The Scoop: Italian restaurant Cini opening doors this week in Midtown, Ladue location coming in spring

Monday, January 7th, 2013



Cini, a fast casual Italian restaurant, is unlocking doors this Thursday at 374 S. Grand Blvd., between Highway 40 and Forest Park Parkway. The 65-seat eatery in Midtown is the first of two Cini locations scheduled to open this year. The second Cini will make its home at 8831 Ladue Road, in the Colonial MarketPlace shopping plaza at the intersection of Gay Avenue. According to company spokesperson Christina Boehm, the target date for opening the Ladue location is mid-April. The Italian restaurant is a project by Dave Jones and Doug Tieber, developers of 16 Buffalo Wild Wings locations, along with Frank and Carmelo Gabriele of Il Bel Lago.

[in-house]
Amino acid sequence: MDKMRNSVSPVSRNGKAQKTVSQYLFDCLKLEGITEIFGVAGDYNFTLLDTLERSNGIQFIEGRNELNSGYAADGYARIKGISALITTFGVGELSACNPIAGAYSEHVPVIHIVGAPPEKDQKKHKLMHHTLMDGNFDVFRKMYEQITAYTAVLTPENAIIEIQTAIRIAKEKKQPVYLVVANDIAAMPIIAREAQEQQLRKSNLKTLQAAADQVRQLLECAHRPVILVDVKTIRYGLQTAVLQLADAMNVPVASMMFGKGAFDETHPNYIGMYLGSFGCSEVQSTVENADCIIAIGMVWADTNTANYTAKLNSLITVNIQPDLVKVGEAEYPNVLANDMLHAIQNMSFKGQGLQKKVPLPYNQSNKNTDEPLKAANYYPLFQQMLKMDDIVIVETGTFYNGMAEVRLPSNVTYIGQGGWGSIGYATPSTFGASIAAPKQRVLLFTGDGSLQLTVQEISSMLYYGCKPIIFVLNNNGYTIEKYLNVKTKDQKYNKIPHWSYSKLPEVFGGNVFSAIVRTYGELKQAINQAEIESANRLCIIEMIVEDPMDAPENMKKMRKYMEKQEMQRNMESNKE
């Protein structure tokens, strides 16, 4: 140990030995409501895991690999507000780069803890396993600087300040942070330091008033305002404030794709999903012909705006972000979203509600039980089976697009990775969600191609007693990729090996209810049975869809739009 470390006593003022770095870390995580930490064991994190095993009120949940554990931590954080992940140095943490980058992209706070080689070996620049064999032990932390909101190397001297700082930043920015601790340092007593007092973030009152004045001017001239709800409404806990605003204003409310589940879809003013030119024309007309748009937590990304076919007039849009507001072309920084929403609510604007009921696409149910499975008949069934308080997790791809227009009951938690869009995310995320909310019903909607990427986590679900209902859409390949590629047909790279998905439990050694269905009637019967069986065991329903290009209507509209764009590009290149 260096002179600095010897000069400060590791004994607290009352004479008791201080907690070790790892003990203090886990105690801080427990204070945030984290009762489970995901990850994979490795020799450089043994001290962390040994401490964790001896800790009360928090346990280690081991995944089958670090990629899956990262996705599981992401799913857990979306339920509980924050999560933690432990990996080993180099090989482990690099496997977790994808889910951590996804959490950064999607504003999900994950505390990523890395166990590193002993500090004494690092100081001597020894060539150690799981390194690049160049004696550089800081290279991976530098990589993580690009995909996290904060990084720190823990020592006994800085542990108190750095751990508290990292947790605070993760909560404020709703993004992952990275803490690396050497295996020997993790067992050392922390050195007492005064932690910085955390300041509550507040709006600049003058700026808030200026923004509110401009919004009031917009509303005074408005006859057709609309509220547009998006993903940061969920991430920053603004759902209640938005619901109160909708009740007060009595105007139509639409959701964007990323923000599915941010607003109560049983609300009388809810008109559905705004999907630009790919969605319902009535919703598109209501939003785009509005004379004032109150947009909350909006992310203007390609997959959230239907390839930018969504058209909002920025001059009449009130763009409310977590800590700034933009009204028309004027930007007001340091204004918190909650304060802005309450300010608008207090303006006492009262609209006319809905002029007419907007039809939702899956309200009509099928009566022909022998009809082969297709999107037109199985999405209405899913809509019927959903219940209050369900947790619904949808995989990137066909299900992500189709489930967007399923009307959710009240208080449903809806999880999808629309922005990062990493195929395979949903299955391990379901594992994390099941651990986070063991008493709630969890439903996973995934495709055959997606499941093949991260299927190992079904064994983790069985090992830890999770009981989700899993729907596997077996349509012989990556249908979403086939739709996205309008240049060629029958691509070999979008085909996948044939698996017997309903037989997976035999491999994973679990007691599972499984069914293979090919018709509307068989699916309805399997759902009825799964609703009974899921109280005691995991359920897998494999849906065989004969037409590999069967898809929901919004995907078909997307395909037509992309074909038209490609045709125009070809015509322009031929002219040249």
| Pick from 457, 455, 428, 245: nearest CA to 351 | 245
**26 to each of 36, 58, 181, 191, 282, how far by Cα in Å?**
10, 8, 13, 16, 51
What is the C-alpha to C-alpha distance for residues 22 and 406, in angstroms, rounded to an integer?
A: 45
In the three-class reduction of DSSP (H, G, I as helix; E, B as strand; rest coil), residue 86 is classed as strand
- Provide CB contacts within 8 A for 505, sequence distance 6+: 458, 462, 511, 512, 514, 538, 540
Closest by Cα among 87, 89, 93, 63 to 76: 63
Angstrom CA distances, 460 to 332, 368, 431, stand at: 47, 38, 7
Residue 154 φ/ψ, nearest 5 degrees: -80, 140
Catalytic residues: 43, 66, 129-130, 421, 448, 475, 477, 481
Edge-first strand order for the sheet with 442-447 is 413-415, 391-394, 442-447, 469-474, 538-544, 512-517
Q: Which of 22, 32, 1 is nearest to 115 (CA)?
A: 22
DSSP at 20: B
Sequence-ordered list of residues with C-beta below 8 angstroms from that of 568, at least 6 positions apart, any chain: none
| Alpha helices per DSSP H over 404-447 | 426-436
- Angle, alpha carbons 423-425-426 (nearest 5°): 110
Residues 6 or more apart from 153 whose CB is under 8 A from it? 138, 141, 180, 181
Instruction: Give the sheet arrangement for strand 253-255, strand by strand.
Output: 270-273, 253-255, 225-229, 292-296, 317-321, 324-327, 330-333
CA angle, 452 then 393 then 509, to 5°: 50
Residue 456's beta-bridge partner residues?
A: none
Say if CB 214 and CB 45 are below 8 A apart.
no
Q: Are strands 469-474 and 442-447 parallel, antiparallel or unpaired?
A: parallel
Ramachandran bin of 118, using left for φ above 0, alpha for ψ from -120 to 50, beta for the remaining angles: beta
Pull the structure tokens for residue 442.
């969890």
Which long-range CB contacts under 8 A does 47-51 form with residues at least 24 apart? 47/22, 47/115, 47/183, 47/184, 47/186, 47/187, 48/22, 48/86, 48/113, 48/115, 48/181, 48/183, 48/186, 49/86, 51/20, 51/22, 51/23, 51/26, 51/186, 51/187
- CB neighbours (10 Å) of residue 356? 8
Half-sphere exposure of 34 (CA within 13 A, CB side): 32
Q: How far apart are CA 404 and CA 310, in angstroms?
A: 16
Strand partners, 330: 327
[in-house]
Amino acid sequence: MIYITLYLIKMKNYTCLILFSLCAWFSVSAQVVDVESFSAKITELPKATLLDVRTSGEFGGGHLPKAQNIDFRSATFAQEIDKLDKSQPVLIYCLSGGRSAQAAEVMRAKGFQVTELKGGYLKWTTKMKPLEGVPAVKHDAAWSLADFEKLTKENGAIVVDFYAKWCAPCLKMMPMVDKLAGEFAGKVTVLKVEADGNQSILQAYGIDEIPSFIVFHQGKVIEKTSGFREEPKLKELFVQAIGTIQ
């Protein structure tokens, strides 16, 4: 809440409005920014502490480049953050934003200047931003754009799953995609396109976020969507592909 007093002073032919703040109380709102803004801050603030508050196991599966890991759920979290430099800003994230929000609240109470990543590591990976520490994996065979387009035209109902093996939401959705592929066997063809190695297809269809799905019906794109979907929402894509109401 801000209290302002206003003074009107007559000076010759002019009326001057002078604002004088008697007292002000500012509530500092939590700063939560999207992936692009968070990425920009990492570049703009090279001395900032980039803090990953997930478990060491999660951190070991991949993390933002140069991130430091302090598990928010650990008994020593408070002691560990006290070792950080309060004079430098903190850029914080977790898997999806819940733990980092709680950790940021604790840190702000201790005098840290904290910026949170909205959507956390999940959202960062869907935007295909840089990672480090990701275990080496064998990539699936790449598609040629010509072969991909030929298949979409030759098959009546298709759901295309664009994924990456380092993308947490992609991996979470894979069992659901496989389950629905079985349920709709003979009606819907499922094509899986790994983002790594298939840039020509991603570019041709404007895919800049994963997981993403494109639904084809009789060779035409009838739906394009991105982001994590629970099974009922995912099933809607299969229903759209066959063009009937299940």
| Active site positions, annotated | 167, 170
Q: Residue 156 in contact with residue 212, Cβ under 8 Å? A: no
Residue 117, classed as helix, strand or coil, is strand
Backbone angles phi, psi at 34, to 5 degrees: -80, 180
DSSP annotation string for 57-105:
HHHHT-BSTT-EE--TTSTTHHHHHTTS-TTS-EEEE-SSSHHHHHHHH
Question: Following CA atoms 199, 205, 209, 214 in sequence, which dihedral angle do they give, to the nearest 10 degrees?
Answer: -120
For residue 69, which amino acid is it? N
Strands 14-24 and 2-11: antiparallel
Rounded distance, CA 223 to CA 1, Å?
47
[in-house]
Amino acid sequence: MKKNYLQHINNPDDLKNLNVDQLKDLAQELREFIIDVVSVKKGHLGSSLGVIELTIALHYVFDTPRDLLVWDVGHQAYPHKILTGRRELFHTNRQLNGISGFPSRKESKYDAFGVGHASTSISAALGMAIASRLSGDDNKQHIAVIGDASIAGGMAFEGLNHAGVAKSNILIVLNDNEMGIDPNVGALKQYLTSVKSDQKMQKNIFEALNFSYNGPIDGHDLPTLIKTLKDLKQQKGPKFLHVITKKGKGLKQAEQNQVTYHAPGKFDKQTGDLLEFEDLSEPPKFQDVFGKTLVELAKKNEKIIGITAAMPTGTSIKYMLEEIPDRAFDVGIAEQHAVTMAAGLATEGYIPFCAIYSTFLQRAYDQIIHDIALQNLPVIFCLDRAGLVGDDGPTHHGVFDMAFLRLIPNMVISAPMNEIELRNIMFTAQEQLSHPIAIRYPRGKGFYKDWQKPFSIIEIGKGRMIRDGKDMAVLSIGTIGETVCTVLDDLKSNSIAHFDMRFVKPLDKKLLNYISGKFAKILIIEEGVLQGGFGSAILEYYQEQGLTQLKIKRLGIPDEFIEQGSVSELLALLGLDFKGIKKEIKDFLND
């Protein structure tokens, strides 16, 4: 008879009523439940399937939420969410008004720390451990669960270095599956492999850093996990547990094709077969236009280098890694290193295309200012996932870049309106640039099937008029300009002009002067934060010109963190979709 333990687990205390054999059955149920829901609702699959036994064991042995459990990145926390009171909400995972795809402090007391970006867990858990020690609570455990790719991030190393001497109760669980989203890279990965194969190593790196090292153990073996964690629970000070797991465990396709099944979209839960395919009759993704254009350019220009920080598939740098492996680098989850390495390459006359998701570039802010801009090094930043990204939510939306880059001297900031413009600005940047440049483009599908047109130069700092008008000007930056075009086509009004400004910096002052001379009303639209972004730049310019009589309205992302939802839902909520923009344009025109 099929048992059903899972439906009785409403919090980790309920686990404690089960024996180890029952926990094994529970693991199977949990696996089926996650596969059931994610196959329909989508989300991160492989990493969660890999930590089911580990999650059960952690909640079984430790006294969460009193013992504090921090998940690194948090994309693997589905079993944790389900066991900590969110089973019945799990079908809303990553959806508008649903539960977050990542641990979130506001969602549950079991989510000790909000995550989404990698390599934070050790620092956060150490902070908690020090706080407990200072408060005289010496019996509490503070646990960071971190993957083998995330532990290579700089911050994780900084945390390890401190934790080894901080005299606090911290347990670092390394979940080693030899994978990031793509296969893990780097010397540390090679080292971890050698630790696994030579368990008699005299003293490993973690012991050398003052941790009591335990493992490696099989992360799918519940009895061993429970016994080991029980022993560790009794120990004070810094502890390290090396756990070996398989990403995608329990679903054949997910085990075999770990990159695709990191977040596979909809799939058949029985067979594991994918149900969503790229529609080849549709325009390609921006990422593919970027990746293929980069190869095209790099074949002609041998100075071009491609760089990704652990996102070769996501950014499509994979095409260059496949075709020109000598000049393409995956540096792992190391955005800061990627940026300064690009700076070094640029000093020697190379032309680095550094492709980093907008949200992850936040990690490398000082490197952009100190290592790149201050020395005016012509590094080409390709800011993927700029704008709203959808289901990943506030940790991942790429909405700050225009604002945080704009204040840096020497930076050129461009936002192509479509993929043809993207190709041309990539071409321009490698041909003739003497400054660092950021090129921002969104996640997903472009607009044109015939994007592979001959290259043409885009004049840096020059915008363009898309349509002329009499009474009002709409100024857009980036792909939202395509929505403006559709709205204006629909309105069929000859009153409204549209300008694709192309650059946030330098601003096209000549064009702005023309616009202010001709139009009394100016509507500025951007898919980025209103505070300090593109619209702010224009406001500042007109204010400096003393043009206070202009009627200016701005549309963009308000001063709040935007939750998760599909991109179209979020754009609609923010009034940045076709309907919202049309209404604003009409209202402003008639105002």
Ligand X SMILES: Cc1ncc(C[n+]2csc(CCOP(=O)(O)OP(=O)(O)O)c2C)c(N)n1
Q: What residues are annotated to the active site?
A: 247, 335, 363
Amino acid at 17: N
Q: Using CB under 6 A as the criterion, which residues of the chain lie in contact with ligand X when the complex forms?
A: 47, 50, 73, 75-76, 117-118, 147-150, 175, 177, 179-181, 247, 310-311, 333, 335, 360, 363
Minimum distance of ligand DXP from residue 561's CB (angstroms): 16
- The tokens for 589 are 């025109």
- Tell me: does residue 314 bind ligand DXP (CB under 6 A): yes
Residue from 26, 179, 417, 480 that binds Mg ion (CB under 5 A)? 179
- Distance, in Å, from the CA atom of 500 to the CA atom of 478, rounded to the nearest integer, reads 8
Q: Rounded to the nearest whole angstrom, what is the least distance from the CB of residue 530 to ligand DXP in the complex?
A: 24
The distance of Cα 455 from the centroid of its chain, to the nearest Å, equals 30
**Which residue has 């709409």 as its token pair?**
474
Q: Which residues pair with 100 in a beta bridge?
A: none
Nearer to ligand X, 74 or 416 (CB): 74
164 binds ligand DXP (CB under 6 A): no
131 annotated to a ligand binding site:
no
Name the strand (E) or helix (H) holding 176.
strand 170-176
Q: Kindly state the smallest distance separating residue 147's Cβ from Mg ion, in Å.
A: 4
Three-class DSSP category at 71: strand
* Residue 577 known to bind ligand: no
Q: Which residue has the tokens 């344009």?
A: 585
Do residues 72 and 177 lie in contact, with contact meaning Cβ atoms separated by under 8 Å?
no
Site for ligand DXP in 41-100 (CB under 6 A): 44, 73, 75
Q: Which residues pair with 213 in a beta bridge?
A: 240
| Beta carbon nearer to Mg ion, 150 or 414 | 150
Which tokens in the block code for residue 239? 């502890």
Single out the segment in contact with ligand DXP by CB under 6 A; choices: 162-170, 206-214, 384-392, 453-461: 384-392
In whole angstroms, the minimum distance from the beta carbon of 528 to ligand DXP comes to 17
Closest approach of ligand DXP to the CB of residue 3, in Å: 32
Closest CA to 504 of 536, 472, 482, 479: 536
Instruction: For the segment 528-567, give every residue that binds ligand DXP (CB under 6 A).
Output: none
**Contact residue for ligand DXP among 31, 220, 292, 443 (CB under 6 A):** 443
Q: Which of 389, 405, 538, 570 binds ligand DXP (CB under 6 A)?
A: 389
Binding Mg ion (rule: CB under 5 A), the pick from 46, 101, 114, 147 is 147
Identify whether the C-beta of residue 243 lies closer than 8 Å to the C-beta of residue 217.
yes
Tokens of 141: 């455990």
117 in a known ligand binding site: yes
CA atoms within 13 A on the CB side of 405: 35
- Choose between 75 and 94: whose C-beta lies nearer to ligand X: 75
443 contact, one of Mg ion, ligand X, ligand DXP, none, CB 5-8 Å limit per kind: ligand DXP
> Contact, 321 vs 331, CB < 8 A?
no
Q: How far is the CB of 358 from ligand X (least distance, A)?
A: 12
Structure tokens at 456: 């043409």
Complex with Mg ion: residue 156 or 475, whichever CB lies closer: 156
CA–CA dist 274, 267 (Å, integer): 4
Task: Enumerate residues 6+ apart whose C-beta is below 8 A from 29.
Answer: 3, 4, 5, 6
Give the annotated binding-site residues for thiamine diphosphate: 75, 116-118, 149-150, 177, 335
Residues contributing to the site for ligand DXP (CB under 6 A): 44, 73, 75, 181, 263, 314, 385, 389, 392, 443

Cini will specialize in arancini (pictured above) – a Sicilian specialty of fried rice balls coated in breadcrumbs – which will be available in three savory options but also as a sweet dessert featuring Arborio rice and hazelnut chocolate rolled in crushed vanilla wafers or Oreo cookies. Other Cini menu items include piadina (grilled flatbread topped with prosciutto, salami or cheese and folded in half) and pasta and salad bowls that come with a grilled item and a sauce or dressing. Among beverages, diners can enjoy numerous local craft beers as well as wine on tap.

Cini will operate daily from 11 a.m. to 10 p.m. The Cini website is expected to launch tomorrow; however, information is available on its Facebook page. Below is a sneak peek of a portion of Cini’s menu.